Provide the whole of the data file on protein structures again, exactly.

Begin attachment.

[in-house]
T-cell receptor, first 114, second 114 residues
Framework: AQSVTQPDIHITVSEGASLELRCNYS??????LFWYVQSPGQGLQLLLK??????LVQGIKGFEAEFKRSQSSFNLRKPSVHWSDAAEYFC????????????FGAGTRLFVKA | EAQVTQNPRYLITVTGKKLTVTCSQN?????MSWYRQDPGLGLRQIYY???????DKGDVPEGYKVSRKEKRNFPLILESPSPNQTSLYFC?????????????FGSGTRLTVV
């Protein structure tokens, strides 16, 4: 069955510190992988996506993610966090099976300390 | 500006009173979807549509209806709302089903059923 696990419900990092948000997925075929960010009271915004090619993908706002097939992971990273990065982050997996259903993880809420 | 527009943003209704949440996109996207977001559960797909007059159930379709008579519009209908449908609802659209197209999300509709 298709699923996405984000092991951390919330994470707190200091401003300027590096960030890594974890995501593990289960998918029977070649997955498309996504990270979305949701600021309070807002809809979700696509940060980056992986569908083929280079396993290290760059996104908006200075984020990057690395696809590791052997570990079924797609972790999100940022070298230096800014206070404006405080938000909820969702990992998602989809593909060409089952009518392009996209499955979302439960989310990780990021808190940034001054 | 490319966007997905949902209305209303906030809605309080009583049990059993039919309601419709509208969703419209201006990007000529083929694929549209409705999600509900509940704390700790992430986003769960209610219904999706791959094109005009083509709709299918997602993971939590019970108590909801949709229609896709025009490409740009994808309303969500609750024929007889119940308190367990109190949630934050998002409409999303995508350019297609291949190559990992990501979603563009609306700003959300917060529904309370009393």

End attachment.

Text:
[in-house]
T-cell receptor, first 114, second 114 residues
Framework: AQSVTQPDIHITVSEGASLELRCNYS??????LFWYVQSPGQGLQLLLK??????LVQGIKGFEAEFKRSQSSFNLRKPSVHWSDAAEYFC????????????FGAGTRLFVKA | EAQVTQNPRYLITVTGKKLTVTCSQN?????MSWYRQDPGLGLRQIYY???????DKGDVPEGYKVSRKEKRNFPLILESPSPNQTSLYFC?????????????FGSGTRLTVV
């Protein structure tokens, strides 16, 4: 069955510190992988996506993610966090099976300390 | 500006009173979807549509209806709302089903059923 696990419900990092948000997925075929960010009271915004090619993908706002097939992971990273990065982050997996259903993880809420 | 527009943003209704949440996109996207977001559960797909007059159930379709008579519009209908449908609802659209197209999300509709 298709699923996405984000092991951390919330994470707190200091401003300027590096960030890594974890995501593990289960998918029977070649997955498309996504990270979305949701600021309070807002809809979700696509940060980056992986569908083929280079396993290290760059996104908006200075984020990057690395696809590791052997570990079924797609972790999100940022070298230096800014206070404006405080938000909820969702990992998602989809593909060409089952009518392009996209499955979302439960989310990780990021808190940034001054 | 490319966007997905949902209305209303906030809605309080009583049990059993039919309601419709509208969703419209201006990007000529083929694929549209409705999600509900509940704390700790992430986003769960209610219904999706791959094109005009083509709709299918997602993971939590019970108590909801949709229609896709025009490409740009994808309303969500609750024929007889119940308190367990109190949630934050998002409409999303995508350019297609291949190559990992990501979603563009609306700003959300917060529904309370009393």